• Postdoctoral Fellowship, Full Year, Newberry Library, Chicago, IL, 2005-2006 (Declined)
  • Packard Foundation Dissertation Finishing Grant, 2002-2003
  • American Philosophical Society, Philips Fund Grant for Native American Research, 2001

Select Presentations and Invited Talks Since 2007

  • "Guns, Capitalism, and the Independence of the Americas,” Society for Historians of American Foreign Relations, Conference Keynote, June 2015
  • “Dambreaking: Guns, Mercantilism, and the Demolition of Europe’s America,” the James P. Jones endowed lecture, Florida State University, March 2015
  • "Dambreaking: Mercantilism, Armaments, and the Demolition of Europe's America," Indiana University, October 10, 2014
  • "Gotham’s Gun Barons: New York City Arms the Americas, 1865-1934,” Doshisa University, Kyoto, Japan, July 25, 2014
  • "How Borderland Indians Shaped the Era of the U.S.-Mexcan War," Keynote address for the 2014 Doshisa American Studies Seminar, Kyoto, July 26, 2014
  • "War and Trade," roundtable on new histories of trade, Society for Historians of American Foreign Relations, Lexington, June 2014
  • "Gotham's Gun Barons: New York City Arms the Americas, 1865-1934," Cambridge University, November 25, 2013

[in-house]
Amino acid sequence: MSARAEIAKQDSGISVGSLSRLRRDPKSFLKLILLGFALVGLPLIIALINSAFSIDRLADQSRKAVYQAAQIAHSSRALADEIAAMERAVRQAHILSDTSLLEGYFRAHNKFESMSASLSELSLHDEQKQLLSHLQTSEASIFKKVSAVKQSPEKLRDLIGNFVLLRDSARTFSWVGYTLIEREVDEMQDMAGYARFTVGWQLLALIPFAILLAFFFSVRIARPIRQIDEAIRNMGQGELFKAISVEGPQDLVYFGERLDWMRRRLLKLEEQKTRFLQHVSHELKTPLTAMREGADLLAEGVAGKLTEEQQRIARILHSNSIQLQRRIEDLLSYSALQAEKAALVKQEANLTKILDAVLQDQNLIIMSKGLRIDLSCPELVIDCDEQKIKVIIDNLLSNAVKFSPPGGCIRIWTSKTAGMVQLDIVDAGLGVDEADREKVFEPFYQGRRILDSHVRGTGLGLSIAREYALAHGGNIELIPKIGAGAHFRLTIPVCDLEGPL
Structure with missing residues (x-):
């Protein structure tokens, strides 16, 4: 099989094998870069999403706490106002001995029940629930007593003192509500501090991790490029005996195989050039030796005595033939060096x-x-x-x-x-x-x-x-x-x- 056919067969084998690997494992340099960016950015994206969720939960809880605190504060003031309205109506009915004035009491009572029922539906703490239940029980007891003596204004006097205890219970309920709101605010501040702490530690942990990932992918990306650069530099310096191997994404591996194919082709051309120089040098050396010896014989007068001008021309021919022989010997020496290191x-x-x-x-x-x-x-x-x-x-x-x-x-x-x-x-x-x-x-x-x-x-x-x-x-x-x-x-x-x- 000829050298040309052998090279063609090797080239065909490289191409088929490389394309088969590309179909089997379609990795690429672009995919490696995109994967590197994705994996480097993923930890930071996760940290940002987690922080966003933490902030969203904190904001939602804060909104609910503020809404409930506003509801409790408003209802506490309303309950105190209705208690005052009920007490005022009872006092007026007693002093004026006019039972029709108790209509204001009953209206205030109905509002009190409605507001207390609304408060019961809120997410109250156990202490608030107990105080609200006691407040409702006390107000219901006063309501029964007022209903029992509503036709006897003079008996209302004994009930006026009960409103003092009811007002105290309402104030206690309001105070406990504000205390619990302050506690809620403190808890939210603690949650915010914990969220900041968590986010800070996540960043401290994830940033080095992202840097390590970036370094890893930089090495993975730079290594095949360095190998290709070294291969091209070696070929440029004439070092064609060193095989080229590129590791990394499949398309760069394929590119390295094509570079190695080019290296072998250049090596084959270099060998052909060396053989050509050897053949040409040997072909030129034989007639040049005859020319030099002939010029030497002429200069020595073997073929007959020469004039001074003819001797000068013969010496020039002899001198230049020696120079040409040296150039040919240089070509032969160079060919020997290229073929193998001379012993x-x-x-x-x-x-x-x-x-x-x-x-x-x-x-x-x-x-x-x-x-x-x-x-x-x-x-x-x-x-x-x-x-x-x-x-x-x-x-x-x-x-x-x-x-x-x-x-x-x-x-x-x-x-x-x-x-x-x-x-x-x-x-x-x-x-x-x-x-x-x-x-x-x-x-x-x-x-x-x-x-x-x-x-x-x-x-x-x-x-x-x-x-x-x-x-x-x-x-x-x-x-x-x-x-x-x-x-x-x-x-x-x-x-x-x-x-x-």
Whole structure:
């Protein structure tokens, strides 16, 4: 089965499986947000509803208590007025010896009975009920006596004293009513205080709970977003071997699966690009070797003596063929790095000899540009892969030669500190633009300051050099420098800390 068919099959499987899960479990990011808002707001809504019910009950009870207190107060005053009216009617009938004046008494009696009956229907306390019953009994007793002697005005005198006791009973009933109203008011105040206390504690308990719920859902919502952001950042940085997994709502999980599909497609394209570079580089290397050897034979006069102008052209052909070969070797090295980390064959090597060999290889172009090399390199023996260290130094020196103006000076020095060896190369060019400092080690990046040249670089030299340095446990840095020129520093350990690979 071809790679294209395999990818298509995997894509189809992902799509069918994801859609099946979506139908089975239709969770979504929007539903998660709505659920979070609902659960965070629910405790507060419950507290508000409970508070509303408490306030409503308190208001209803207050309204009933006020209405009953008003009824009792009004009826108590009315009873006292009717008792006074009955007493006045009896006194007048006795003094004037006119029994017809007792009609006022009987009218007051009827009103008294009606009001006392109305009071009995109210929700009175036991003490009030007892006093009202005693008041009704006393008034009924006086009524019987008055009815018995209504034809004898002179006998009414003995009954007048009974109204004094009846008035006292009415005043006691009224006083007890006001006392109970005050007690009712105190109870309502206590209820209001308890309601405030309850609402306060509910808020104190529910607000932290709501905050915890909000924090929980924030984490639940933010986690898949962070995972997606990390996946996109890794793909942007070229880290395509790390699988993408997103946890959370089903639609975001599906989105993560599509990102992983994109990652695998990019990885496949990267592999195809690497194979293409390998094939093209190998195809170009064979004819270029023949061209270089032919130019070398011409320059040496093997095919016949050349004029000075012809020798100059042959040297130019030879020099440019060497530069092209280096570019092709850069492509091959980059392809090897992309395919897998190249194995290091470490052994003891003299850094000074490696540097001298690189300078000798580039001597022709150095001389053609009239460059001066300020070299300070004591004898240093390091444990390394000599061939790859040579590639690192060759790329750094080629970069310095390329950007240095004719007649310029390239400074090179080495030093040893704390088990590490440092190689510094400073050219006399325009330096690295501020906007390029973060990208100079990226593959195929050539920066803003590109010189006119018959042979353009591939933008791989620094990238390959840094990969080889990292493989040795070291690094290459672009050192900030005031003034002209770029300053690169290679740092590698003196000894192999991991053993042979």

• "A Protest of Arms: Guns and the Brittle State in Mexico, 1810-1920,” Cambridge University Borderlands Workshop, November 11, 2013
  • "Gotham’s Gun Barons: New York City Arms the Americas, 1865-1934,” Oxford University, October 21, 2013
  • "Marcellus Hartley: The Most Dangerous Man You've Never Heard Of," Organization of American Historians conference, April 2013
  • "A Good Story," invited presentation to admitted students and families at Cal Day, April 2013
  • "Beware the Metanarrative; or, How I Acquired My Resistance to Resistance," Kaplan Lecture, University of Pennsylvania, March 2013
  • "Domestic Dependent Notions: American Indians and the First Few Pages of American Empire," American Studies Association meeting, San Juan, Nov. 2013
  • “Indian History and the History of American Foreign Relations,” Society for Historians of American Foreign Relations annual conference, June 2012
  • “How Not to Arm a State: American Guns and the Mexican National Project, 1810-1920,” Society for Historians of American Foreign Relations annual conference, June 2012
  • “Opportunism, Anxiety, and Idealism: U.S. Impulses during the French Intervention in Mexico,” invited paper at el Simposio Internacional 5 de Mayo de Mexico, Biblioteca Palafoxiana, Puebla, Mexico, May 2012.
  • “How Not to Arm a State: American Guns and the Mexican National Project, 1810-1920,” Organization of American Historians annual conference, April 2012
  • Chair, roundtable on the state of the field in U.S.-Mexico Borderlands History, Organization of American Historians annual conference, April 2012
  • “So Far From God, So Close to the Gun Store: Borderlands Arms Trading and the Travails of Mexican History,” 26th Annual W.P. Whitsett Lecture, USC Northridge, March 2012
  • “War of a Thousand Deserts,” at the Tattered Cover Bookstore, Denver, CO, March 2012